Anyone think they’re capable of refuting this refutation? Meek is a preterist like me.
Such arguments against universalism have been answered repeatedly on the forums here.
For example, the author claims that God’s desire to save all (1 Tim.2:3-6) doesn’t mean He wants to save everyone, but that He just would save “all types of people”. This is a Calvinistic type of interpretation.
Re his comments on Phil.2:9-11 see the thread:
The author says "In John 12:14 we find that Jesus will draw “all men to himself.” "
Actually the reference should be John 12:32.
So origen, you don’t think his interpretation of 1 Tim 2:4 is valid? Why not?
Well for starters Meek is NOT a prêterist like you… unlike Meek you as a prêterist you have proclaimed a ‘universalist’ belief. Secondly, Meek’s argument isn’t eschatologically based BUT evangelically based, and somewhat Calvinistic.
Challenging the “all” argument as he does is fraught with its own perils… for example: to the degree he want s to limit “all” (and there are legitimate examples of it) why should such with consistency NOT be applied to… “for ALL have sinned and fallen short of the glory of God” — on what basis then should this not also have his restrictive claim applied to it?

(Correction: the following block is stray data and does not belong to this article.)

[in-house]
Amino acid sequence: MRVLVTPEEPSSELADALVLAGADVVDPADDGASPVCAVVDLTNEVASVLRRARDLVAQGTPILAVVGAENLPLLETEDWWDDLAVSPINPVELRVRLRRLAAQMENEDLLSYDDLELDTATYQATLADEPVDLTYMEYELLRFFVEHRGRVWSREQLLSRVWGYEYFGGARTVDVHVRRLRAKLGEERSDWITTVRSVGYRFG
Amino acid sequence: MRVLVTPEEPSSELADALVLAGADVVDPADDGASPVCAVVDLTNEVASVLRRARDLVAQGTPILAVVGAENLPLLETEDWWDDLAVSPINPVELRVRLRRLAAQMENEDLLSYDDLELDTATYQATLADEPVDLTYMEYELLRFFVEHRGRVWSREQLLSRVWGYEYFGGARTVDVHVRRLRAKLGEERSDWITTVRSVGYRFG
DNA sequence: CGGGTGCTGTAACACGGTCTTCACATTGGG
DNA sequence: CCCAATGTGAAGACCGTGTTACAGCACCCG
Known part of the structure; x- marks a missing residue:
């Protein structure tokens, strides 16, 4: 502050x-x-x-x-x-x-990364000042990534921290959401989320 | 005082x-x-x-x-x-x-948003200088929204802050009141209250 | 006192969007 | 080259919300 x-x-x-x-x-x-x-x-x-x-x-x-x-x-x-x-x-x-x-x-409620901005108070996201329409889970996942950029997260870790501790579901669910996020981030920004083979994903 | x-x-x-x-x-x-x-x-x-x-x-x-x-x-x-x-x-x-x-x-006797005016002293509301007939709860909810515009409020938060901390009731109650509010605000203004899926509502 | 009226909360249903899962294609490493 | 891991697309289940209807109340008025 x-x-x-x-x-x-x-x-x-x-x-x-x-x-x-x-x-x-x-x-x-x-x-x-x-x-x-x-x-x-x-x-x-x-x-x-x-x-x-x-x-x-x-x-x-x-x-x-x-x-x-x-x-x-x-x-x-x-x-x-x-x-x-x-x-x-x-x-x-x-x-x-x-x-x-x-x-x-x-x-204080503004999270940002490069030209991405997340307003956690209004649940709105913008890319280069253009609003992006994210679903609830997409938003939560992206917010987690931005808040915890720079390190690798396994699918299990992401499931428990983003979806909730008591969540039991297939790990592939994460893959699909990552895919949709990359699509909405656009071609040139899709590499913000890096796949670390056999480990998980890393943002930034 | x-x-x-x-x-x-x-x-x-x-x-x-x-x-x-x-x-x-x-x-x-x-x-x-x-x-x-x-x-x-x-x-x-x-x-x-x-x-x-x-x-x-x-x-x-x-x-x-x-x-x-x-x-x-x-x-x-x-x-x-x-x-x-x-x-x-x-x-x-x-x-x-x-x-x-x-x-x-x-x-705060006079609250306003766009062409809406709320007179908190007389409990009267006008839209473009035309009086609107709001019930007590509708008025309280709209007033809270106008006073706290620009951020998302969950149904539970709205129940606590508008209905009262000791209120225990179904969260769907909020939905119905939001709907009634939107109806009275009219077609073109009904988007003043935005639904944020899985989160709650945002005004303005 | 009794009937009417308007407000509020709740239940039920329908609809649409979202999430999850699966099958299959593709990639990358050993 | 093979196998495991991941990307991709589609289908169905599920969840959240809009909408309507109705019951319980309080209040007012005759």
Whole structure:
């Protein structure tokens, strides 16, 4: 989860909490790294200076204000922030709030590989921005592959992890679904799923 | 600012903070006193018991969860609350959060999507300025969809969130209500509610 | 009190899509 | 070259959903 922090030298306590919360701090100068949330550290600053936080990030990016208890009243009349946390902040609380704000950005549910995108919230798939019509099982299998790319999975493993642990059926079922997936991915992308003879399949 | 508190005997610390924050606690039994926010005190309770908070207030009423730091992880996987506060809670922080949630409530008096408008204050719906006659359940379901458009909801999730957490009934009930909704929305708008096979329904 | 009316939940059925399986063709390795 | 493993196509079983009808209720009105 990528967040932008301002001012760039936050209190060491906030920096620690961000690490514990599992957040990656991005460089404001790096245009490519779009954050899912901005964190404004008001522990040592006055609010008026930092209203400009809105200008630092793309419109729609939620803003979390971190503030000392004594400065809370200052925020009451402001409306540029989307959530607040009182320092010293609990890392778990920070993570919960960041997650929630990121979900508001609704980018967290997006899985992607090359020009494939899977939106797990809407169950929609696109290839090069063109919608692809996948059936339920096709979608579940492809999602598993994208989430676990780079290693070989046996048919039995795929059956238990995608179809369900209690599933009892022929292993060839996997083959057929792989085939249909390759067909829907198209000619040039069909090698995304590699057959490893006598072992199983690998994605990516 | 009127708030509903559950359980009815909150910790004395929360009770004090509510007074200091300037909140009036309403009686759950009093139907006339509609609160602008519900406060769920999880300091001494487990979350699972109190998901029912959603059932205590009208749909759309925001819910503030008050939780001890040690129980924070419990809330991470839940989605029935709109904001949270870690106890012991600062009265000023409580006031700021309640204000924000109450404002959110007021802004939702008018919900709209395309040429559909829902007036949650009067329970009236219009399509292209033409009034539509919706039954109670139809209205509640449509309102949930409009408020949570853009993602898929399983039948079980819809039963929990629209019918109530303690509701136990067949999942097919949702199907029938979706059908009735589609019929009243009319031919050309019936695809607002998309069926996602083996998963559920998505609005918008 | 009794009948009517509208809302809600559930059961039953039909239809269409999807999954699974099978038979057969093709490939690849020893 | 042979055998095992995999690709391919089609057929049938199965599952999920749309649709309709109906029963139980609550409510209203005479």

As to the rest of his rationale… IMO his prêterism is incomplete… logic dictates that IF the last enemy to be destroyed is death THEN God has NO MORE enemies — thus the inclusive nature of the reconciliation afforded by and in Christ, ON BEHALF OF all. Such inclusion is beyond the limits of universalism.
So davo, you don’t think Meek’s case for preteristic hopeless punishment is solid?
So I may have missed it qaz, but what does Meek say about “hopeless punishment”?
His entire article is a defense of hopeless punishment, against universalism.
Yeah ok… but apart from Meek himself being a prêterist, what makes his position against ‘universalism’ per sé “prêteristic” — he’s simply trotting out the typical objections many futurists trot out.